So I think Natal will spawn a new genre of games that take advantage of the hands-free control system. But where I think Natal will have the largest impact is with the overall UI of the Xbox. The idea of never having to search for the remote is very appealing. I wave my hand to browser through video or music selections, then I say “Play” to begin playback. Now *that* is both radical and useful, and I’d really love to see MS license Natal to other consumer electronics manufacturers.
And then there’s Milo. I’m sorry, but I don’t believe in Milo. The demo was a heavily scripted event (Molyneux himself apparently admitted that) that made the demo seem more than it was. One of the most interesting aspect of Milo was the facial recognition. A person could stand in front of the Natal sensor and say his name, then when he returned, ‘Milo’ could identify who the person was. That’s pretty neat. The bit where the player splashed around in the water wasn’t anything new: the Sony Eyetoy has been able to do that for a while (granted the fidelity was better here). The conversation stuff was the most scripted…apparently Milo ‘understood’ just a few questions: this is understandable. If Milo worked as well as he *seemed* to work (without tricks) then he’d be about as smart as the voice actuated and controlled computer on Star Trek, and we just aren’t there yet.
But what was really, really cool about Milo was the head tracking. As you walked around the room, the view on-screen changed to reflect how you’d see the virtual world from that new location. This is really huge because it allows some very cool ‘virtual 3D’ effects; I can’t wait for MS to roll those out (see the video at the end of this post for an example of what I’m talking about).
So Milo was a really fun tech demo with some really cutting edge aspects, some rehashed stuff, and some smoke and mirrors. But the aspects that people seem so excited about (talking to Milo) isn’t what was really cool about the demo.
Sony’s Wand System:
Lastly we have Sony’s wand-based motion-control system. If you haven’t seen it, it consists of a pair of wands that include traditional controller buttons, and a light on the end of each wand. The Sony Eyetoy can track the lights with a high degree of fidelity. During the Project Natal demo, a player ‘painted’ by splashing buckets of paint on a wall. During the Sony demo, a player very legibly wrote his name on a virtual wall. That’s the difference in fidelity between the two systems.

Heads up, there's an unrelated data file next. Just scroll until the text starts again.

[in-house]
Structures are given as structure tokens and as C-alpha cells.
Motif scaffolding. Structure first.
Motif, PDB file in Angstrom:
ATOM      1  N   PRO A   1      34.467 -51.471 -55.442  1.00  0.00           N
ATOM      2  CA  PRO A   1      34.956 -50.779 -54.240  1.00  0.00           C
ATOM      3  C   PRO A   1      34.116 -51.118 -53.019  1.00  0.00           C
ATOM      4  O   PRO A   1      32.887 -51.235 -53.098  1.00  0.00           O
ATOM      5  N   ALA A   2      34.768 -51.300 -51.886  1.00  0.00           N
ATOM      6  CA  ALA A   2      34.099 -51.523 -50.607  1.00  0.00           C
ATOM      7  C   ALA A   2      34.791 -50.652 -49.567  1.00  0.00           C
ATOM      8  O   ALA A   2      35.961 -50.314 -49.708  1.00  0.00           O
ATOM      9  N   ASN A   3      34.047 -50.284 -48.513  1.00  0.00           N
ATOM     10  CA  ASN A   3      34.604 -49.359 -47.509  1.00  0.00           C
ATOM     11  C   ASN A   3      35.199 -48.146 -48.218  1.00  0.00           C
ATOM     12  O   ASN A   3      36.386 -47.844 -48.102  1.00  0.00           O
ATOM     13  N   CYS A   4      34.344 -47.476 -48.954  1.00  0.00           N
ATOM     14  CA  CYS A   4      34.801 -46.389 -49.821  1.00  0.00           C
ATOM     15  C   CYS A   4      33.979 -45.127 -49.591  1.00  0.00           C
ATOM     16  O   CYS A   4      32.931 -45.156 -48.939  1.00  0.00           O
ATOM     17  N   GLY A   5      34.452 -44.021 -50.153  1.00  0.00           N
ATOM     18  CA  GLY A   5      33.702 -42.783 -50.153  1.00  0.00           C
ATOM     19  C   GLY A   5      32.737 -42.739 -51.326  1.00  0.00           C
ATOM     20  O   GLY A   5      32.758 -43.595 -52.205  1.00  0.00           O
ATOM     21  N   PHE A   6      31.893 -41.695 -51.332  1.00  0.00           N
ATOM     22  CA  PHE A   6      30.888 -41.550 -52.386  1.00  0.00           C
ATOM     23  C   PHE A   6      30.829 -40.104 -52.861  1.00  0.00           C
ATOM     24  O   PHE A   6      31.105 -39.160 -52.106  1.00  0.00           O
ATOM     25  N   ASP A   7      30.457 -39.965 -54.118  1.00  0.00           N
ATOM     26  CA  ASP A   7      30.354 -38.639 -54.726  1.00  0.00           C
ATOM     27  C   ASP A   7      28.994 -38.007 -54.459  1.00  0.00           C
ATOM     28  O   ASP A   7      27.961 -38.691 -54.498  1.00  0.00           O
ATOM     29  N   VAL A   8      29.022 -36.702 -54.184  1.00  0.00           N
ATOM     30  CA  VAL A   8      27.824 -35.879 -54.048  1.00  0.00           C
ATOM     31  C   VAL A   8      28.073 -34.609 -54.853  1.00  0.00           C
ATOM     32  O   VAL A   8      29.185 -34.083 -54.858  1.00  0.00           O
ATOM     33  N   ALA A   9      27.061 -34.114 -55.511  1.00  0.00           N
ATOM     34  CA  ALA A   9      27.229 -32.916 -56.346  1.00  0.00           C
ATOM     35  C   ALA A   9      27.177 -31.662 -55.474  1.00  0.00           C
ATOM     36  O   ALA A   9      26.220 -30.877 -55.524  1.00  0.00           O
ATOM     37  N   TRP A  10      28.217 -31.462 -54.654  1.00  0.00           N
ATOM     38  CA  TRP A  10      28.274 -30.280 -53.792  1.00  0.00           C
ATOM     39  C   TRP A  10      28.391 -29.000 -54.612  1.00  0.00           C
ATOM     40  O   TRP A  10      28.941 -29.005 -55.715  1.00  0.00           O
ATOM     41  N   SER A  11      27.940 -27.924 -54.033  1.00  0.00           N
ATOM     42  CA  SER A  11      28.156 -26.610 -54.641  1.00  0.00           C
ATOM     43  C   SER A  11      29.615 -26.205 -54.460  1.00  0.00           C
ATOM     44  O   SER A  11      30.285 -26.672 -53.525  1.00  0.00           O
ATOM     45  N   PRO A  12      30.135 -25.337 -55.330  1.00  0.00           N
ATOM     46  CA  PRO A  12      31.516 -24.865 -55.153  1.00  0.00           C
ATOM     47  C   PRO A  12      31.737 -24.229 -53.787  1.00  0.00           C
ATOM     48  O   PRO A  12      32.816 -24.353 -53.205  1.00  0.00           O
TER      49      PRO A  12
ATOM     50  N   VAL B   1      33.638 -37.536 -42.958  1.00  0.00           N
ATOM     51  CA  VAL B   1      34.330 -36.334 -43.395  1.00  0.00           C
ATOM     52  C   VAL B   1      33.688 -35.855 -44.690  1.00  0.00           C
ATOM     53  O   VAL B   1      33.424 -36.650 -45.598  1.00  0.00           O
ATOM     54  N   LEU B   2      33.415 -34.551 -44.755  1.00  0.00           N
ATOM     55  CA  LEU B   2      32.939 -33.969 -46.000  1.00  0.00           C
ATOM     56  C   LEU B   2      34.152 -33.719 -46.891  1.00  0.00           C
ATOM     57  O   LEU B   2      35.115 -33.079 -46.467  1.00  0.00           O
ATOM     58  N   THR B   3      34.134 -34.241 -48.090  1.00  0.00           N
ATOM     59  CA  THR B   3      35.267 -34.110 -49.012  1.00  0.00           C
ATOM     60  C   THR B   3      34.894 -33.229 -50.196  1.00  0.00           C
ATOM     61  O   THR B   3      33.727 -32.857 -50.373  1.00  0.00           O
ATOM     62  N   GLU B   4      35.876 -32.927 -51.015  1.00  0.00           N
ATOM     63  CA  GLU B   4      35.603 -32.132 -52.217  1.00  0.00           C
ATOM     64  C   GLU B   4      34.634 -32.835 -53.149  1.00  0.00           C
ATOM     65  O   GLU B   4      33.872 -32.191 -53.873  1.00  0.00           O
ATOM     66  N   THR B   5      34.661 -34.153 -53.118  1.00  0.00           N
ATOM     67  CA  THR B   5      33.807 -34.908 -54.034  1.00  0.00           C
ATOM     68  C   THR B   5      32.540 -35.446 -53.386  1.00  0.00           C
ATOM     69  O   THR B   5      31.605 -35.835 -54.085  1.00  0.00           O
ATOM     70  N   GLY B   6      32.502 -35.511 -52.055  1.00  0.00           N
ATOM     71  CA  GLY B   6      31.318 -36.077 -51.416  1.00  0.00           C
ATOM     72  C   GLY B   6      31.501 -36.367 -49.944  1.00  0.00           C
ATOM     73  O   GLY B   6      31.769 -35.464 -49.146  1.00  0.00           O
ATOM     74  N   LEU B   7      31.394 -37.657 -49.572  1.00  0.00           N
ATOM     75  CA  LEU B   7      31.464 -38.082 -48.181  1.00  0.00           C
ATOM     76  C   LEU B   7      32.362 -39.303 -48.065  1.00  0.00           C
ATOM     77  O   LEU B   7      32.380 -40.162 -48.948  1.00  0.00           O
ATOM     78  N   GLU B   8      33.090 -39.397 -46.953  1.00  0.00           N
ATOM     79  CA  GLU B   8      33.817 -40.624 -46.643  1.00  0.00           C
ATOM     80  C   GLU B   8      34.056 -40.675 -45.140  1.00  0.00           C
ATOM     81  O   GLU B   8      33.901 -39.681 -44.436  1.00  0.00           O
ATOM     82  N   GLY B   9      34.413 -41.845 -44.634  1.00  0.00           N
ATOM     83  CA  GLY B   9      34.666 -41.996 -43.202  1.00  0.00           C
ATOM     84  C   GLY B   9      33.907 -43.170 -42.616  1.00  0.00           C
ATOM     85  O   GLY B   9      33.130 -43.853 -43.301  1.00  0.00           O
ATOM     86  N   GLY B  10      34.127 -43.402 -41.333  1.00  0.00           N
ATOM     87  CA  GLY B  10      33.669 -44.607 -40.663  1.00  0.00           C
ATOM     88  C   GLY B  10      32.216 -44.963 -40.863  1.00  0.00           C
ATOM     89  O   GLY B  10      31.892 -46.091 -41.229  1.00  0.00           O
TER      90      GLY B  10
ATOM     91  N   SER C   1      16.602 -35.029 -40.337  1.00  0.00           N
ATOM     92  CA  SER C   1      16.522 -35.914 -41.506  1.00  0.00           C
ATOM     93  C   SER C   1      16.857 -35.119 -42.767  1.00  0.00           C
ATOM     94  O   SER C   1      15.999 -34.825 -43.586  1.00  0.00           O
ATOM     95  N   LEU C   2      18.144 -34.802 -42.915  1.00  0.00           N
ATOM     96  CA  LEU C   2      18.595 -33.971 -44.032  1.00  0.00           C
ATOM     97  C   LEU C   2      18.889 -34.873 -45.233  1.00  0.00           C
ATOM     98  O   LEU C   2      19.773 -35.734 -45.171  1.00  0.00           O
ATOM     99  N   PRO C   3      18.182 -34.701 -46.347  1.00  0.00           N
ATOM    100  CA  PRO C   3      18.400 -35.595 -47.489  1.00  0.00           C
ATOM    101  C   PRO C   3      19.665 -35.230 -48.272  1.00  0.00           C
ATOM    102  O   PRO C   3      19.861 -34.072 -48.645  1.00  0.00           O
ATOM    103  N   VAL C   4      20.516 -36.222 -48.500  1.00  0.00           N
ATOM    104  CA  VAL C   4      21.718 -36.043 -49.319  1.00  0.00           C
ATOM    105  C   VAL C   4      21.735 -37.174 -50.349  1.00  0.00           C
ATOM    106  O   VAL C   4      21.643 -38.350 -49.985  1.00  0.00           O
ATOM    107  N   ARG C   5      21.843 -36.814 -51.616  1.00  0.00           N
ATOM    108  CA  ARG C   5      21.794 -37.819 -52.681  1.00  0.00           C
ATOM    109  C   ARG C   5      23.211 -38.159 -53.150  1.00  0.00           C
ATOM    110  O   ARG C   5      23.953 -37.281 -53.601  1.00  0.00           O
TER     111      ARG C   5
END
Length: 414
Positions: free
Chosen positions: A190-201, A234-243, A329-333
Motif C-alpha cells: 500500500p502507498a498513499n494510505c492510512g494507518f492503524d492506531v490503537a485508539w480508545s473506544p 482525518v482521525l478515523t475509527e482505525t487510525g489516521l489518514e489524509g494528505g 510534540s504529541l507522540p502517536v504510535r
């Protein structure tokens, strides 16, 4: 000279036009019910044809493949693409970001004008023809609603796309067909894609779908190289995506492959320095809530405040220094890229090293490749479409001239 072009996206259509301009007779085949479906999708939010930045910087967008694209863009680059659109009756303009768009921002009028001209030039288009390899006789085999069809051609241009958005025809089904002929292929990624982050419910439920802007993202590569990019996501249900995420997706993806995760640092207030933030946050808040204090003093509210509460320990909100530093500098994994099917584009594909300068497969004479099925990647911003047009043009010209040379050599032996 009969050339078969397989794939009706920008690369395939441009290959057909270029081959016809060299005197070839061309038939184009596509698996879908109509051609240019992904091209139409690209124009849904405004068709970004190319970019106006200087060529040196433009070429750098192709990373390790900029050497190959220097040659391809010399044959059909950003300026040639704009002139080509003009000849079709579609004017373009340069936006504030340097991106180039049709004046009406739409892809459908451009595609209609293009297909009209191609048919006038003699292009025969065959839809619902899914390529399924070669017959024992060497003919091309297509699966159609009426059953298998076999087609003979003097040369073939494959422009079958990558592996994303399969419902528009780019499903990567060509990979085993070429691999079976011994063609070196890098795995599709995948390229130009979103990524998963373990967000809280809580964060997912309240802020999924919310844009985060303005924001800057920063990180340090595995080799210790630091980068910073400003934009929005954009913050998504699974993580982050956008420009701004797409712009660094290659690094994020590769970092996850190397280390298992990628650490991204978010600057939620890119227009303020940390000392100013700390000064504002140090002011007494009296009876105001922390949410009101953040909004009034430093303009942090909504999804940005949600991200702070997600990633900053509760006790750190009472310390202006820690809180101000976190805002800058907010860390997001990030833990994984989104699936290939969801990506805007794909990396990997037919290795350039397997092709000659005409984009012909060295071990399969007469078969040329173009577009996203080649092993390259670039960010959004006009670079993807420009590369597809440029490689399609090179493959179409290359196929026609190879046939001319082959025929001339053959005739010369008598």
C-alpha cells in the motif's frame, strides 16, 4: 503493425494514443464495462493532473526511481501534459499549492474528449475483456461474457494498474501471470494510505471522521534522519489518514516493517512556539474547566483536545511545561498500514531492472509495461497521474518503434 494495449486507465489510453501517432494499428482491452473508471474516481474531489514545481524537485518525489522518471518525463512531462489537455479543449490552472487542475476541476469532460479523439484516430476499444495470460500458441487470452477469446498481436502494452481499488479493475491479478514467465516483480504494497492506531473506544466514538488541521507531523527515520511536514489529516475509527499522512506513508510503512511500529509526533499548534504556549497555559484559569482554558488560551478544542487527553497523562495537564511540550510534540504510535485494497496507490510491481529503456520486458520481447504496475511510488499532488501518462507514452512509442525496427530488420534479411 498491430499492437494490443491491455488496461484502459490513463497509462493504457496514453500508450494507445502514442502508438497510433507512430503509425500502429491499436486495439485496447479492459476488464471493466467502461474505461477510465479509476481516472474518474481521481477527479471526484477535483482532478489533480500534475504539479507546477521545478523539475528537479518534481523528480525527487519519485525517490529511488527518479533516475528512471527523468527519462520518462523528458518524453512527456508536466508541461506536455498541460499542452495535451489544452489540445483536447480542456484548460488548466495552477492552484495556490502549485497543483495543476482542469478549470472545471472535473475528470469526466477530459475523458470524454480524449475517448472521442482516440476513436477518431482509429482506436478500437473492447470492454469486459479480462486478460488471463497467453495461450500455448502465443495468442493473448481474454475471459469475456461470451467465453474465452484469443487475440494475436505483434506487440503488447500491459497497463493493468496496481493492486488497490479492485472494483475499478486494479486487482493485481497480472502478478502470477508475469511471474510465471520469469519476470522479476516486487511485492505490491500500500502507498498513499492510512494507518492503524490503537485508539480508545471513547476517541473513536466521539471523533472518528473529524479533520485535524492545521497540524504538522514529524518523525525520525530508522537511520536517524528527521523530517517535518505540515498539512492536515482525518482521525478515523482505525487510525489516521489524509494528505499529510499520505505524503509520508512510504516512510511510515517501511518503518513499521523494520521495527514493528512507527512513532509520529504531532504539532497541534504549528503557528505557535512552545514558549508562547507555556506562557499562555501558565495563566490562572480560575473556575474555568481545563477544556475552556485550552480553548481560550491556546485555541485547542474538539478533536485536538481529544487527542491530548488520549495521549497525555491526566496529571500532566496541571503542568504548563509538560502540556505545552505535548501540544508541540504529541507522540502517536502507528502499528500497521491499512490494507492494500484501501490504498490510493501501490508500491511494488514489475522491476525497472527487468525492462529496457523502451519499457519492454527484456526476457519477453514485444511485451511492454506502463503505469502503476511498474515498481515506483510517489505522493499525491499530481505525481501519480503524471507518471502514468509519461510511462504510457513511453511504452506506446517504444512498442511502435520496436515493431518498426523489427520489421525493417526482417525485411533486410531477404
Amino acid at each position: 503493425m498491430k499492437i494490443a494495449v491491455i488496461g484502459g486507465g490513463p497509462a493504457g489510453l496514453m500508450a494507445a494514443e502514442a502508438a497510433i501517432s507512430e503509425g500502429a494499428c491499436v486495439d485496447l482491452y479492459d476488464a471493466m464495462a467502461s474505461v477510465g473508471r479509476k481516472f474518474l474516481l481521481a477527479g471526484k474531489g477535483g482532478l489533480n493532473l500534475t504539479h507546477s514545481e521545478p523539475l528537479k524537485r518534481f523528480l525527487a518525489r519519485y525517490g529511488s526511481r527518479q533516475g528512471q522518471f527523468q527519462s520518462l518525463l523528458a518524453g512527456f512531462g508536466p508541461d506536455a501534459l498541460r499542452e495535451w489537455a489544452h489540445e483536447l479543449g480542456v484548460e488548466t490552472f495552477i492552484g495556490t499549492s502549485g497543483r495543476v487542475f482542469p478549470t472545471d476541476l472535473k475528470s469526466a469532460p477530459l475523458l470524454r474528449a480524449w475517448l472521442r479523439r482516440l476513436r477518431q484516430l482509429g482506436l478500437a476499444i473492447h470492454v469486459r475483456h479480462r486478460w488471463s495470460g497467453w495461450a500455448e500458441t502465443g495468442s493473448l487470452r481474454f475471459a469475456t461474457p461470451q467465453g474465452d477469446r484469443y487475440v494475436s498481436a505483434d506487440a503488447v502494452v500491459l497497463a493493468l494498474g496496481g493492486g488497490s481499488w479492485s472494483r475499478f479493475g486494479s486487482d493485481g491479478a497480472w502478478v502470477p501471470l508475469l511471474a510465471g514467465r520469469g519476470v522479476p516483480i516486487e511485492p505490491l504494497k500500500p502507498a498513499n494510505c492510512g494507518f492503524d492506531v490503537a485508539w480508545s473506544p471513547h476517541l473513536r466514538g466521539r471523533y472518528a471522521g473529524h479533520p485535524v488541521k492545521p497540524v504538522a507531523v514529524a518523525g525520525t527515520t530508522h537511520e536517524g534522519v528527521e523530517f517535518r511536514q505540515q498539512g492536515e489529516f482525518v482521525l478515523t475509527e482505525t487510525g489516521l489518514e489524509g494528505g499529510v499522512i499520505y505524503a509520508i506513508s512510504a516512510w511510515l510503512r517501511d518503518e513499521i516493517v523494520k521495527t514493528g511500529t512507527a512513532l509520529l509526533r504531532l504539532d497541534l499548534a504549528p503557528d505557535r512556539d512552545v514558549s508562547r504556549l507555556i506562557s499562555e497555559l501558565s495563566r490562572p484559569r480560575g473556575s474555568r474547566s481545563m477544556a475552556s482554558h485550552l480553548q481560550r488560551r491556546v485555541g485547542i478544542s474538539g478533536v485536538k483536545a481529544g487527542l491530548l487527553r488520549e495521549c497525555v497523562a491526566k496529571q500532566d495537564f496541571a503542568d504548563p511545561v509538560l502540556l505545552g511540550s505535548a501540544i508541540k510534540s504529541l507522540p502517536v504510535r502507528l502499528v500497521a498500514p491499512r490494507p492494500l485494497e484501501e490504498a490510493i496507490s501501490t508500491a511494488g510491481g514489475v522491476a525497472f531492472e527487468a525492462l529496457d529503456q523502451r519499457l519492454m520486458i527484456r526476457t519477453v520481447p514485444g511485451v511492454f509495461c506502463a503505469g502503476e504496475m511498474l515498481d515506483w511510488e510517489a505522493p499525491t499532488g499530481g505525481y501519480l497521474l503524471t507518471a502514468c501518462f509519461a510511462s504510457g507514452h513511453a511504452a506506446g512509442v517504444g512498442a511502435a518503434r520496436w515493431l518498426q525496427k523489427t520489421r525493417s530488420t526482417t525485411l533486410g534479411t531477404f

In a lot of ways the Sony system seems like the Nintendo Wii Remote on steroids. A bunch of game applications immediately spring to mind. It has buttons so you can shoot a gun, and they could put an analog stick on it so you could move around a 3D space that way (a la the Nintendo nunchuk). The demo showed a very simple RTS game being played using the wands like a mouse. Let’s just pray that we don’t get a bunch of waggle games from Sony!
Really the three systems map well to now, soon, and future. Nintendo is the now solution. Depending on how much Wii Motion Plus adds, we’re all pretty familiar with what Nintendo can do. Sony offers the next step; an enhanced way of controlling your games that should be available and working well pretty soon (Spring 2010 they’re saying). And Project Natal represents the dreamy future. When Natal launches (my guess? sometime in 2011) it’s going to mean a rebirth of the Xbox 360 in much the same way that the NXE did. I don’t honestly see a lot of mainstream games supporting Natal, but I do see it refreshing the entire UI of the Xbox in remarkable ways, as well as adding a new genre: Natal Games.
Back to the head tracking issue. Here’s the video I mentioned. This fellow now works for Microsoft, but before he went to the big M he was hacking Wii Remotes:
*THIS* is the technology of Project Natal that I am most excited about!
UPDATE: GameSetWatch has a brief article up confirming that Johnny Lee is working on Natal.
UPDATE: Johnny Lee himself chimes in on his blog.